35. Cf. Etheredge, Conception: An Icon of the Beginning: the following is a profound analysis of the evidence by Profs. Justo Aznar Lucea and Julio Tudela: Chapter 5: Part II: “The Biological Status of the Early Human Embryo: When Does the Human Being Begin?” pp. 480-507.
  36. Cf. Etheredge, Conception: An Icon of the Beginning, for Scriptural citations under the heading: Chapter Two: “The woman’s perception of conception: Part V of XII,” pp. 158-162 and drawing further on Job up to p. 166.
  37. Dr. Elizabeth Rex, “End Word” on p. 596 of Etheredge, Conception: An Icon of the Beginning.
  38. Dr. Elizabeth Rex, “End Word”: “1998 – Hannah Strege, the world’s first adopted frozen embryo is born in San Diego, California on December 31, 1998” on p. 599 of Etheredge, Conception: An Icon of the Beginning.
  39. In Genesis, for example, there is a very different account to the creation of human being, male and female, to that expressed elsewhere and yet its very difference is open to interpretive explorations, albeit not contradicting natural truths (according to St. Augustine); see “Chapter Two: Scripture and the Beginning of Human Being,” Conception: An Icon of the Beginning.
  40. Cf. pp. 190-200 of Conception: An Icon of the Beginning.
  41. Etheredge, Mary and Bioethics: An Exploration, p. 166; and the footnote to this quotation goes to Etheredge, Chapter 12, Scripture: A Unique Word, in which the intricate evidence for these claims is discussed.
  42. Courtesy of Dr. Mary Anne Urlakis, p. 21 of The Human Person: A Bioethics Word.
  45. Cf. Chapter 5: Part II, a masterful review of the biological evidence concerning conception written by Profs. Justo Aznar Lucea and Julio Tudela in Conception: An Icon of the Beginning.
  46. Myers, “Law Professor Reflects on Landmark Case”:
  47. Cf. Etheredge, The Prayerful Kiss, particularly “Indelible.”
  48. Pope Francis, Scripturae Sacrae Affectus, commemorating the life and work of St. Jerome, citing Praefatio in Pentateuchum: PL 28, 184’:
Francis Etheredge About Francis Etheredge

Mr. Francis Etheredge is married with eight children, plus three in heaven. He is the author of Scripture: A Unique Word and a trilogy, From Truth and Truth (Cambridge Scholars Publishing); The Human Person: A Bioethical Word (En Route Books & Media, 2017), with forewords from eight writers; The Family on Pilgrimage: God Leads Through Dead Ends (2018); and Conception: An Icon of the Beginning, with contributions from ten other authors, as well as The Prayerful Kiss (2019); Mary and Bioethics: An Exploration (2020); Honest Rust and Gold: A Second Collection of Prose and Poetry (2020), Within Reach of You: A Book of Prose and Prayers (2021), Unfolding a Post-Roe World (2022), Reaching for the Resurrection: A Pastoral Bioethics (2022), Human Nature: Moral Norm, Lord, Do You Mean Me? A Father-Catechist! (2023), A Word in your Heart: Youth, Mental Health, and the Word of God (2023), and An Unlikely Gardener: Prose and Poems.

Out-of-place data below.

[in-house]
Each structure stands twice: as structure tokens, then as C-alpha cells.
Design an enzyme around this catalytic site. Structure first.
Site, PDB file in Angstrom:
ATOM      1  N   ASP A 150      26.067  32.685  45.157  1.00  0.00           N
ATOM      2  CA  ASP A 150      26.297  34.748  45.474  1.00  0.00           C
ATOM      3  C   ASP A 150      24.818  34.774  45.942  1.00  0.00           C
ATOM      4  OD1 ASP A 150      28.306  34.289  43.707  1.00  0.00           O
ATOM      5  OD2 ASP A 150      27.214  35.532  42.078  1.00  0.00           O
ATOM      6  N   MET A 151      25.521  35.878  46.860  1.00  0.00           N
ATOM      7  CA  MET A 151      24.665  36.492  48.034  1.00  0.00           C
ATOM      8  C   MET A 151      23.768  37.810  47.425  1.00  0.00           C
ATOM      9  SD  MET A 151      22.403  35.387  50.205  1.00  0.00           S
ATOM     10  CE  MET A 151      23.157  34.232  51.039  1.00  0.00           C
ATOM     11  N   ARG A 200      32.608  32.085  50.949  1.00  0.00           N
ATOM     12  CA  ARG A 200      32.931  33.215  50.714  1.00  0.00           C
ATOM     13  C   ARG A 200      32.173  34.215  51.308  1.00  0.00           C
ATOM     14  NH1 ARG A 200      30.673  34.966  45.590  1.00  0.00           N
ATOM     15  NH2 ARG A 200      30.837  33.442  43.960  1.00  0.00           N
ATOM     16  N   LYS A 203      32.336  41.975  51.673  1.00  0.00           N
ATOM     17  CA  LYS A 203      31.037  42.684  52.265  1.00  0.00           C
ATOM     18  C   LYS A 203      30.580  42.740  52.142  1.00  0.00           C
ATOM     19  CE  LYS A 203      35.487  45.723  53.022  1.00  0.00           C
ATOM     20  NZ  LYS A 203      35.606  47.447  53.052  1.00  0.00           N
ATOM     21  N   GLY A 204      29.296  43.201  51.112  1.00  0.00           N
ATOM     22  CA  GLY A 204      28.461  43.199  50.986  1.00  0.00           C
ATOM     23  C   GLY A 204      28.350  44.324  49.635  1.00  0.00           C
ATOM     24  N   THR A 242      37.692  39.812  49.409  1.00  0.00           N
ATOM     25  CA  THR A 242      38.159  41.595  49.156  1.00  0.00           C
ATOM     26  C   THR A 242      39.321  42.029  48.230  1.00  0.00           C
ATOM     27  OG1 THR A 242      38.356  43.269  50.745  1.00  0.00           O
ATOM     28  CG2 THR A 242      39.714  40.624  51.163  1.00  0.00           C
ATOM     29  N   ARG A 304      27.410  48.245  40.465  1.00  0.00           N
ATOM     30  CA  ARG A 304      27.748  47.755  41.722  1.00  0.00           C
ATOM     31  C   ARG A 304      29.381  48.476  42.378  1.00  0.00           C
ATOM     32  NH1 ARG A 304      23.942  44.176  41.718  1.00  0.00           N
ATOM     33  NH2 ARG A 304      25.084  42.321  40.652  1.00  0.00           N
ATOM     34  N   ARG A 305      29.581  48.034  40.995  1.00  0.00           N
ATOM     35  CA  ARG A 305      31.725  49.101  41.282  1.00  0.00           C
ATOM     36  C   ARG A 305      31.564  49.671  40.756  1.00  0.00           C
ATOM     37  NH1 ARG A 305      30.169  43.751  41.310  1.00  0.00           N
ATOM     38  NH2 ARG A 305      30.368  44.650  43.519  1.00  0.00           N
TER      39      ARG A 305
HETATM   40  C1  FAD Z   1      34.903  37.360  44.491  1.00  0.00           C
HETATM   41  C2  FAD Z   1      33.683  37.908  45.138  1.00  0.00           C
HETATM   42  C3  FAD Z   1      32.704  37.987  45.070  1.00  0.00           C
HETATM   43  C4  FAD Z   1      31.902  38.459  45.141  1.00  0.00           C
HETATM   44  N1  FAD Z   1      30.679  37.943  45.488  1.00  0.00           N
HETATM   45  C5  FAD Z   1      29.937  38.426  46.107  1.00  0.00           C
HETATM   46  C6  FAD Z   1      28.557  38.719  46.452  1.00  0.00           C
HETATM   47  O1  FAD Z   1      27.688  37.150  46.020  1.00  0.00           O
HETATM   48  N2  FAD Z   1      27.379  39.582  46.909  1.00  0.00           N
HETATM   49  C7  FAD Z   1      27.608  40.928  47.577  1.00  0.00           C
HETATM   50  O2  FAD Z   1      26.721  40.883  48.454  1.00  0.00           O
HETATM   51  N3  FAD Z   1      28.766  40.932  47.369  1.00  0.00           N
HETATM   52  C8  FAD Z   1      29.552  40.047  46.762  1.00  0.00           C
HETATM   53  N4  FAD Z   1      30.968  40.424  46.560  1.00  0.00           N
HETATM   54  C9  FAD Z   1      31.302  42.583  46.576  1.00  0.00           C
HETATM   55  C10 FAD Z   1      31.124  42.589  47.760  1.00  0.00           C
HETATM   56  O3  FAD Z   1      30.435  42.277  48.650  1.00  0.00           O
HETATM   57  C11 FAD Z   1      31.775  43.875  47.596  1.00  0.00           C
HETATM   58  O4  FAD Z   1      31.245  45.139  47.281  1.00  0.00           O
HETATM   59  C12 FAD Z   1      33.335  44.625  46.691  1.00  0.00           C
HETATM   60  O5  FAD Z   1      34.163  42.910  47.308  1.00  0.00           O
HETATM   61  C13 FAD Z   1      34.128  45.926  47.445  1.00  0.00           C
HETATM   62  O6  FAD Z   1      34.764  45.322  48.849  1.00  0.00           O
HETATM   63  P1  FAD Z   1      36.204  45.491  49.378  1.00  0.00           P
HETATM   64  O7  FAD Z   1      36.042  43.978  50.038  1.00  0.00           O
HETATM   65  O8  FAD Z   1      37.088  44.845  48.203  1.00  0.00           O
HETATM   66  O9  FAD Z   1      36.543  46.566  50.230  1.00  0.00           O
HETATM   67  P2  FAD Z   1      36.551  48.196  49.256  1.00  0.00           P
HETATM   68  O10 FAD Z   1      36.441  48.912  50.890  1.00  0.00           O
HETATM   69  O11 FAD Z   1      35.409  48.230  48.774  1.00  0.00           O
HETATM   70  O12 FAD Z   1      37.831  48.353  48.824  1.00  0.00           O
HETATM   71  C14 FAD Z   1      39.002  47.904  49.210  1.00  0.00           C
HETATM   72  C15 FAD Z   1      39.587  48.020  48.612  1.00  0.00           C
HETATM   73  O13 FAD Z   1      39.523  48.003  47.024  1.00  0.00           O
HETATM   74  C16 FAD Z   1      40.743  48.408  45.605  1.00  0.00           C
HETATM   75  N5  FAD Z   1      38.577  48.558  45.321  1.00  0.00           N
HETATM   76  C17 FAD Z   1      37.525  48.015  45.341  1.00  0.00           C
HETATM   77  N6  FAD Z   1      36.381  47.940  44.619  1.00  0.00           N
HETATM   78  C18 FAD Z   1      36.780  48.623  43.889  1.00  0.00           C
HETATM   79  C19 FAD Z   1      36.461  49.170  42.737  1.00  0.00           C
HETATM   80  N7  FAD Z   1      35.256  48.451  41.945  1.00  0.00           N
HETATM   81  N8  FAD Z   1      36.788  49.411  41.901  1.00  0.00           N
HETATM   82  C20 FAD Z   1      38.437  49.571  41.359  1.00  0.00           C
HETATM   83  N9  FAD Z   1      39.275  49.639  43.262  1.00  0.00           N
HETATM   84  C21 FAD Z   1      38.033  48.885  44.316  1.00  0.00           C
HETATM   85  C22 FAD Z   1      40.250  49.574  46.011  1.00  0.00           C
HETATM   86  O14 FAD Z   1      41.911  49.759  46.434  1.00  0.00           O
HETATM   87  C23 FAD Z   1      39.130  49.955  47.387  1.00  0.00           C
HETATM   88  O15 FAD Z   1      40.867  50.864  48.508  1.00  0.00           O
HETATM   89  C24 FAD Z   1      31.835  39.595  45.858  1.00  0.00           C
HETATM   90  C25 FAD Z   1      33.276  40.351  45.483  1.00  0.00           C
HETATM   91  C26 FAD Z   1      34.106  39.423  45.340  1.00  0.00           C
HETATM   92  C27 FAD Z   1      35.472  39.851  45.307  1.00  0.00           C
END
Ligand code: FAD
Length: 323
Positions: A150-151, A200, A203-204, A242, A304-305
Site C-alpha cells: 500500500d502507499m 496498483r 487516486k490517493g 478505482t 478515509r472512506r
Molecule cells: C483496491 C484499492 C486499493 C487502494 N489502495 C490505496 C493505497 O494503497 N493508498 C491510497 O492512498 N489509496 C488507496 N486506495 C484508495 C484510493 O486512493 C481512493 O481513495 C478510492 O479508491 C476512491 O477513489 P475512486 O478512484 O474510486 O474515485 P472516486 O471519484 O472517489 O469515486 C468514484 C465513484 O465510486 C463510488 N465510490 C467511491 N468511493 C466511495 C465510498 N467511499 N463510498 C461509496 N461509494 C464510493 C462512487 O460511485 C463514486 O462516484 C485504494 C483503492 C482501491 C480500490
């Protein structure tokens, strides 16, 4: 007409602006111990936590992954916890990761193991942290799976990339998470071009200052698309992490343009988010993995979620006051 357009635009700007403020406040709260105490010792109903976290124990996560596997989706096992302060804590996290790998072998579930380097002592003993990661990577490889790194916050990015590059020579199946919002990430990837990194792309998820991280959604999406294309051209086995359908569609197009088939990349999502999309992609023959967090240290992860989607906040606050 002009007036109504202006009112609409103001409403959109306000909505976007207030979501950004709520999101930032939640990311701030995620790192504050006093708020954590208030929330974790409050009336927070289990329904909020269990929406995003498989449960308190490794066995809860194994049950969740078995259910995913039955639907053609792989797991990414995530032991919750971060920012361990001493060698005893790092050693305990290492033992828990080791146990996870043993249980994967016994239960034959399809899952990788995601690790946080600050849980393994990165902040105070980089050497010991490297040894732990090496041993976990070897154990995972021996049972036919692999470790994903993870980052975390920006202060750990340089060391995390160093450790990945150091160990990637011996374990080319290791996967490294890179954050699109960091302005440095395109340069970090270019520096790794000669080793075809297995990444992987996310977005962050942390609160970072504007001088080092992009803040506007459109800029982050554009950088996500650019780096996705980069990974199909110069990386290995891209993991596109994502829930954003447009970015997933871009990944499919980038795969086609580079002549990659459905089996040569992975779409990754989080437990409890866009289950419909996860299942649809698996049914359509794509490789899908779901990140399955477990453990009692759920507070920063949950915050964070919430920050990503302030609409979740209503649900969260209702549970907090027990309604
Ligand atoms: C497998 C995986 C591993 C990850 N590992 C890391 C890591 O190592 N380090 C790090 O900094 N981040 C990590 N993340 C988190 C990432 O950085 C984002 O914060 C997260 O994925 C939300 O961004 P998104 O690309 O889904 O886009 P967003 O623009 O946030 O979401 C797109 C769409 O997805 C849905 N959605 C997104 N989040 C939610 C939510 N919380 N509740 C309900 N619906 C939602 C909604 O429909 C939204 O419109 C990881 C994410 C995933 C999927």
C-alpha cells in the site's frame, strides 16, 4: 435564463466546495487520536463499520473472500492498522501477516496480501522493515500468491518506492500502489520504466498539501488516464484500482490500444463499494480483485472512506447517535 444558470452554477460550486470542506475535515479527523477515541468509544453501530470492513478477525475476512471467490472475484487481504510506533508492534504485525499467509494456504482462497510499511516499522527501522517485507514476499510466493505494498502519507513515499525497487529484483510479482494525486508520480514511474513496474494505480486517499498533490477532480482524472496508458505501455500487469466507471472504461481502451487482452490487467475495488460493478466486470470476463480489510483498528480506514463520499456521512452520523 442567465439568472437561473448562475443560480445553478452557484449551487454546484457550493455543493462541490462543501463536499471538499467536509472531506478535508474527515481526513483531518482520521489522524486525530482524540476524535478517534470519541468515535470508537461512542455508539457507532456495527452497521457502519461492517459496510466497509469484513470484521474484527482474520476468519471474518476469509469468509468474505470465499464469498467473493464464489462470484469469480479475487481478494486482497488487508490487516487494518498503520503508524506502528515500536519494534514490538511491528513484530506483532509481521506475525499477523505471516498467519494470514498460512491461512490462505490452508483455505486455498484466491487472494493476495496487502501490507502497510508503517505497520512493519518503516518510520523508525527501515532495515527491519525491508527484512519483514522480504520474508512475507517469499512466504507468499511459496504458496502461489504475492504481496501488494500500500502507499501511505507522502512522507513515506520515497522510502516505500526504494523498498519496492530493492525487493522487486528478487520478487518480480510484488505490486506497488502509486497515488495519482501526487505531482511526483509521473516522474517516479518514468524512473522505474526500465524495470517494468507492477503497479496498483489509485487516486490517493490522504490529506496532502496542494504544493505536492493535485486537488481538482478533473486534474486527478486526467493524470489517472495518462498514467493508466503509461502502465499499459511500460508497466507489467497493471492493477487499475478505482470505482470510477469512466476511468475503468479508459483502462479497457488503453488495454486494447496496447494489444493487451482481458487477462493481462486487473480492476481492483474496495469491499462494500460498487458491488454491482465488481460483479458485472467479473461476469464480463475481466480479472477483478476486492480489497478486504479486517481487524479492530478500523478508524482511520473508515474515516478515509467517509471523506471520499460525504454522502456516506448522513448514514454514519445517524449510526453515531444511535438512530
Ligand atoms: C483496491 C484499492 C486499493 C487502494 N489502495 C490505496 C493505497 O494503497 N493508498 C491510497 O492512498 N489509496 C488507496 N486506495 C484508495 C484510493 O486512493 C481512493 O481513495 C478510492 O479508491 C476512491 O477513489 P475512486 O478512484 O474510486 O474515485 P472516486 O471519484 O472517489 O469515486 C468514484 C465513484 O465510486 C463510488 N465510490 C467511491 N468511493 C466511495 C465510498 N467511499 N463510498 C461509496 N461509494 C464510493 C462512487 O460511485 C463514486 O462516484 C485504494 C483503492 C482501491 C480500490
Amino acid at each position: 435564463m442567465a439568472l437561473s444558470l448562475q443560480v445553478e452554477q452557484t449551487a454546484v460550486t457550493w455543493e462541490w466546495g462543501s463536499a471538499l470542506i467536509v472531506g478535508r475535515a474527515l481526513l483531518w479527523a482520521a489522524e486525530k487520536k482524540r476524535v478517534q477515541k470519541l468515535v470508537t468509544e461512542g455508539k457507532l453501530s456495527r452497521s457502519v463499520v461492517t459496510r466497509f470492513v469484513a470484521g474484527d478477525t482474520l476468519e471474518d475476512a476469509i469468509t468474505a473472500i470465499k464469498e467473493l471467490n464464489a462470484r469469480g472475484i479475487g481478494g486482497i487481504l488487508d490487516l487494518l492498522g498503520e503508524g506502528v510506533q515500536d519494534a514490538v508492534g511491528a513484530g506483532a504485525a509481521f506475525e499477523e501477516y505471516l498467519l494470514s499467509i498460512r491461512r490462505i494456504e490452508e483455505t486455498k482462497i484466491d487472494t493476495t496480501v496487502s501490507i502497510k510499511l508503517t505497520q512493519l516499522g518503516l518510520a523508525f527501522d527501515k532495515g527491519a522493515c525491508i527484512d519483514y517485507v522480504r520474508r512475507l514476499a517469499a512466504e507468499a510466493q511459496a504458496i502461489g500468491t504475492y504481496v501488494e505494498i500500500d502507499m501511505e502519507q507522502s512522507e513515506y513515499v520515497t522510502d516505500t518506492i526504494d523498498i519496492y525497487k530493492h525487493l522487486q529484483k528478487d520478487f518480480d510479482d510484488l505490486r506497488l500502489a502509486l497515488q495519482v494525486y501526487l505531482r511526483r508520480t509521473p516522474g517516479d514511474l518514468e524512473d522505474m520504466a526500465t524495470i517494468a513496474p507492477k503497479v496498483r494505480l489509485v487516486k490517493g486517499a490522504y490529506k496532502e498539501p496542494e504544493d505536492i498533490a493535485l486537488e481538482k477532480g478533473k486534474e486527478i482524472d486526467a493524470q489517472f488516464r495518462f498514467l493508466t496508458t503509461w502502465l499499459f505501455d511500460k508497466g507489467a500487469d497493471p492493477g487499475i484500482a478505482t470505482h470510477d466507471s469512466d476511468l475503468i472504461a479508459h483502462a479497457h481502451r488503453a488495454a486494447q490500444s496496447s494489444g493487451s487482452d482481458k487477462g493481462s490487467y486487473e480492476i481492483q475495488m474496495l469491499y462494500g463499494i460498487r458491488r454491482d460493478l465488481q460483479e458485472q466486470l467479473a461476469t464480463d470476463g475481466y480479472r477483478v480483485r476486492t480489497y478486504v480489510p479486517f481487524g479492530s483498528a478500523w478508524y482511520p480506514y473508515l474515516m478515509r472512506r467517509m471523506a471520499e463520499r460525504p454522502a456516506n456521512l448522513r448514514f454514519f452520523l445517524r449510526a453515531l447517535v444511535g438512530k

Francis is currently a freelance writer and speaker and his “posts” on LinkedIn can be viewed here. A radio interview can be heard here.

He has earned a BA Div (Hons), MA in Catholic Theology, PGC in Biblical Studies, PGC in Higher Education, and an MA in Marriage and Family (Distinction). He is a collaborator of the Dignitas Personae Institute for Nascent Human Life.


  1. Though this is a ‘deep’ article, with foundational background, it serves to prove what has been known as simple truth and common sense for centuries. It’s only in recent decades, due to the growth of Communistic influence in every part of culture and life, resulting in an upside-down world, that truth is mocked and lies are promoted as truth. Whether out of ignorance or simply ignoring the truth of God, the Communist mindset refuses to agree with the value of life, except for their own, of course. But Satan knows the Truth, which he hides and twists, that every life has value and purpose and comes from the Source of Life, a loving God. With Mr Etheredge’s article, the ‘enlightened’ have an opportunity to truly be enlightened.

  2. Avatar Francis Etheredge says:

    Thank you for the two who people have responded to this article; it is no small compensation for the pain it causes me to write and research as I do and to find an almost heart rending indifference. May this season stir the hearts of us all, whether to reconciliation, a deeper search for the truth or simply to love: to love fathers, to love mothers and to love children. God bless, Francis.

  3. Avatar Christine Kesterson says:

    Francis, this is an excellent article that covers all the major issues of the era. The issue of abortion and contraception is inseparable from the role of women in society and Church. Until we take a stand on the meaning of woman, motherhood and fatherhood and recognize that celibacy allows the transendance of these natural law relationships we will not be speaking the whole truth. See my LinkedIn articles on woman.


  1. […] Making the same point in terms of the poignant sufferings we know to exist, the Congregation for the Doctrine of the Faith said: “Beginning at conception, children suffering from malformation or other pathologies are little patients whom medicine today can always assist and accompany in a manner respectful of life. Their life is sacred, unique, unrepeatable, and inviolable, exactly like that of every adult person” (the Good Samaritan, Samaritanus Bonus, 6).1 […]